2. If you have a compile error related to Microsoft.Office.Interop.Excel, start the server and open the AOT on a terminal server that has Excel installed.
    3. Compile the code with normal F7 compile.
    4. Compile the CIL on the terminal server.

Hope that helps! Let me know in the comments if you know of a better way to solve this.

Microsoft Dynamics AX Debugging Users group

Here is a quick but useful tip that I learned today:

If you see this when you expected to see the debugger:
Debugging user group

  1. Go to Control Panel -> System and Security -> Administrative tools -> Computer Management
    (To find it quickly, press the windows key on the keyboard and start typing “Computer Management”)
  2. computer management

  3. Click on Local Users and Groups -> Groups. In the middle pane, Click on “Microsoft Dynamics AX Debugging Users”.
  4. Dynamics Ax Debugging Users

  5. Click on the Add button. (Users that are already added are displayed in the members block. Mine are blacked out for privacy.)
  6. Users

  7. In the dialog, enter the name of the user you want to add to the Microsoft Dynamics AX Debugging Users group and click on OK.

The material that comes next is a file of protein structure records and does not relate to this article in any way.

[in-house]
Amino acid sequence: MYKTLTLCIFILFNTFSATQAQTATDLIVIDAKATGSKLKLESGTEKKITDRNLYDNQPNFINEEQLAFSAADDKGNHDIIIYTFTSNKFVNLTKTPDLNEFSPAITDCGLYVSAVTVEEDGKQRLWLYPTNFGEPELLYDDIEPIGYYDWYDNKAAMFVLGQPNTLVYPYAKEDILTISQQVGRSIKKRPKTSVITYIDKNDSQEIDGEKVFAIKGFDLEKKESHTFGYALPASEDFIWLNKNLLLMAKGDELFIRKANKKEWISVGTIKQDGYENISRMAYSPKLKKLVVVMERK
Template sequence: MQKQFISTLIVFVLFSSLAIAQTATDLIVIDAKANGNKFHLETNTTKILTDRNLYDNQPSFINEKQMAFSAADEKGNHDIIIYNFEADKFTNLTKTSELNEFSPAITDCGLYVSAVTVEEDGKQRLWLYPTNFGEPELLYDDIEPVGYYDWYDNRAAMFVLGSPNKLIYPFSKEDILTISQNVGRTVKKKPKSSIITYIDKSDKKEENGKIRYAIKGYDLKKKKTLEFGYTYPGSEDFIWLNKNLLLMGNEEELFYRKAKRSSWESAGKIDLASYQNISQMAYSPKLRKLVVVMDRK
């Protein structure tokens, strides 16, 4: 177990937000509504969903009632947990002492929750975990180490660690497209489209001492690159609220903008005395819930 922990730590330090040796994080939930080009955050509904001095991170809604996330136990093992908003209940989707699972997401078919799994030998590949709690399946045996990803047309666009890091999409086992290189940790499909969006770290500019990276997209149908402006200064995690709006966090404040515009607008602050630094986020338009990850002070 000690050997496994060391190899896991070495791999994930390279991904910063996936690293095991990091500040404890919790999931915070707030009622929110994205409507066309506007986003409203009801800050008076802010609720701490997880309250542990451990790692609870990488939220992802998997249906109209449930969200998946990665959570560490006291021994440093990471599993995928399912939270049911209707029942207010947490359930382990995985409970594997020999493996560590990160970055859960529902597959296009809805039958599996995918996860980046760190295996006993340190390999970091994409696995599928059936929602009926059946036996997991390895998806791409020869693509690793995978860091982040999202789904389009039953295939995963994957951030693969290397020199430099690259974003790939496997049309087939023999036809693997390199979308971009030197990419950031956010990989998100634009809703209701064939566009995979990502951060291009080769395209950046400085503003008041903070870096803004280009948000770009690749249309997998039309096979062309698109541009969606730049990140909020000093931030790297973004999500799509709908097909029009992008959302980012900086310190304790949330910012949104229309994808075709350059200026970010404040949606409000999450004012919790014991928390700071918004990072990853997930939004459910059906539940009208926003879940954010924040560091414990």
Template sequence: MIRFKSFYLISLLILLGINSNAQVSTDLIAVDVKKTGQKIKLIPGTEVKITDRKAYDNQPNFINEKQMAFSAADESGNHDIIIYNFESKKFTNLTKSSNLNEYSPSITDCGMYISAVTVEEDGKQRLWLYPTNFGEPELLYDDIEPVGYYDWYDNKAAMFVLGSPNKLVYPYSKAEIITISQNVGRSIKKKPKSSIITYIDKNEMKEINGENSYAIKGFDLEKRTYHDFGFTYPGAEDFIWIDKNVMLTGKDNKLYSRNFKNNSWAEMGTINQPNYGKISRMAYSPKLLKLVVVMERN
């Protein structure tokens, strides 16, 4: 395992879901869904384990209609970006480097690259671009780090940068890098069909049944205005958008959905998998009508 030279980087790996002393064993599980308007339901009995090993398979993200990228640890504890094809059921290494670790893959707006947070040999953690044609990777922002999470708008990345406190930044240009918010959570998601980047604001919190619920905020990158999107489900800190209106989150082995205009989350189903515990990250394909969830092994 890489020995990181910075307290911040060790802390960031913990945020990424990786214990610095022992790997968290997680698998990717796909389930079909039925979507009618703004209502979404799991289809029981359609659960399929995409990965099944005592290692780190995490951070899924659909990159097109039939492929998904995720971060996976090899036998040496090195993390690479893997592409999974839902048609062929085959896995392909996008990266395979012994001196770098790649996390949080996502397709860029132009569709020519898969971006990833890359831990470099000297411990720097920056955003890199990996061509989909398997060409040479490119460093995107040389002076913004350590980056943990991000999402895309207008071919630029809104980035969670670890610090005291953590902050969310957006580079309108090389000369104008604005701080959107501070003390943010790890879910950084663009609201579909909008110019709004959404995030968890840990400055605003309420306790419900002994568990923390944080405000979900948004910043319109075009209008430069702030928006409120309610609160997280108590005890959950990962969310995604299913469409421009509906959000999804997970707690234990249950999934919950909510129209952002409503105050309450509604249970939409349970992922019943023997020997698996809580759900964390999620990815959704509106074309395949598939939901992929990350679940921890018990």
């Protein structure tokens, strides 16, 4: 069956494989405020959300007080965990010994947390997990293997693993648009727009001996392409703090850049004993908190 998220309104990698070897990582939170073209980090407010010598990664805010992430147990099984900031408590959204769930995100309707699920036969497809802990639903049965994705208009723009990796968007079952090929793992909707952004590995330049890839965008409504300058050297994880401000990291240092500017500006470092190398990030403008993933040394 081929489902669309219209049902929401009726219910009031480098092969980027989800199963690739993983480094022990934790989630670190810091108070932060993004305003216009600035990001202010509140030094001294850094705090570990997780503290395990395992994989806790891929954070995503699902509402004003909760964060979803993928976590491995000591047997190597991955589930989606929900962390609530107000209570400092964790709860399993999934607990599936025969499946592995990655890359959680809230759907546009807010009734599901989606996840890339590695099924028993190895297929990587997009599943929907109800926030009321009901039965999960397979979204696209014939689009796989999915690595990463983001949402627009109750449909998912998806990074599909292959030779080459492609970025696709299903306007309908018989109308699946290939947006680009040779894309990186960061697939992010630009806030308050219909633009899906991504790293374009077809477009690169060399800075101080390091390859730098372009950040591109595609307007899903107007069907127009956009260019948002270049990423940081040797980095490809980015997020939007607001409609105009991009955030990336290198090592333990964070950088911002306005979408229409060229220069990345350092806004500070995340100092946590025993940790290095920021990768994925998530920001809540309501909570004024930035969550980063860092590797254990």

8. Select Users

  9. Sign out and back into the Windows account.

It is possible that only the admin has rights to add users to the Microsoft Dynamics AX Debugging Users group. In that case you will have to log in with the admin account or ask the administrator to complete these steps for you.

Generate a list of shared projects per layer

Today I add to compare the projects in an acceptance environment with the projects in the test environment. I did this so that I can make backups of the projects in test that are not in acceptance yet, before I import the acceptance model store.

Here in the simple job I wrote to show an list of shared projects in an infolog. You can change #ProjectSharedPath to see private projects or UtilEntryLevel::var enum so see projects in other layers.

  1. static void listOfSharedProjects(Args _args)
  2. {
  3.     #AOT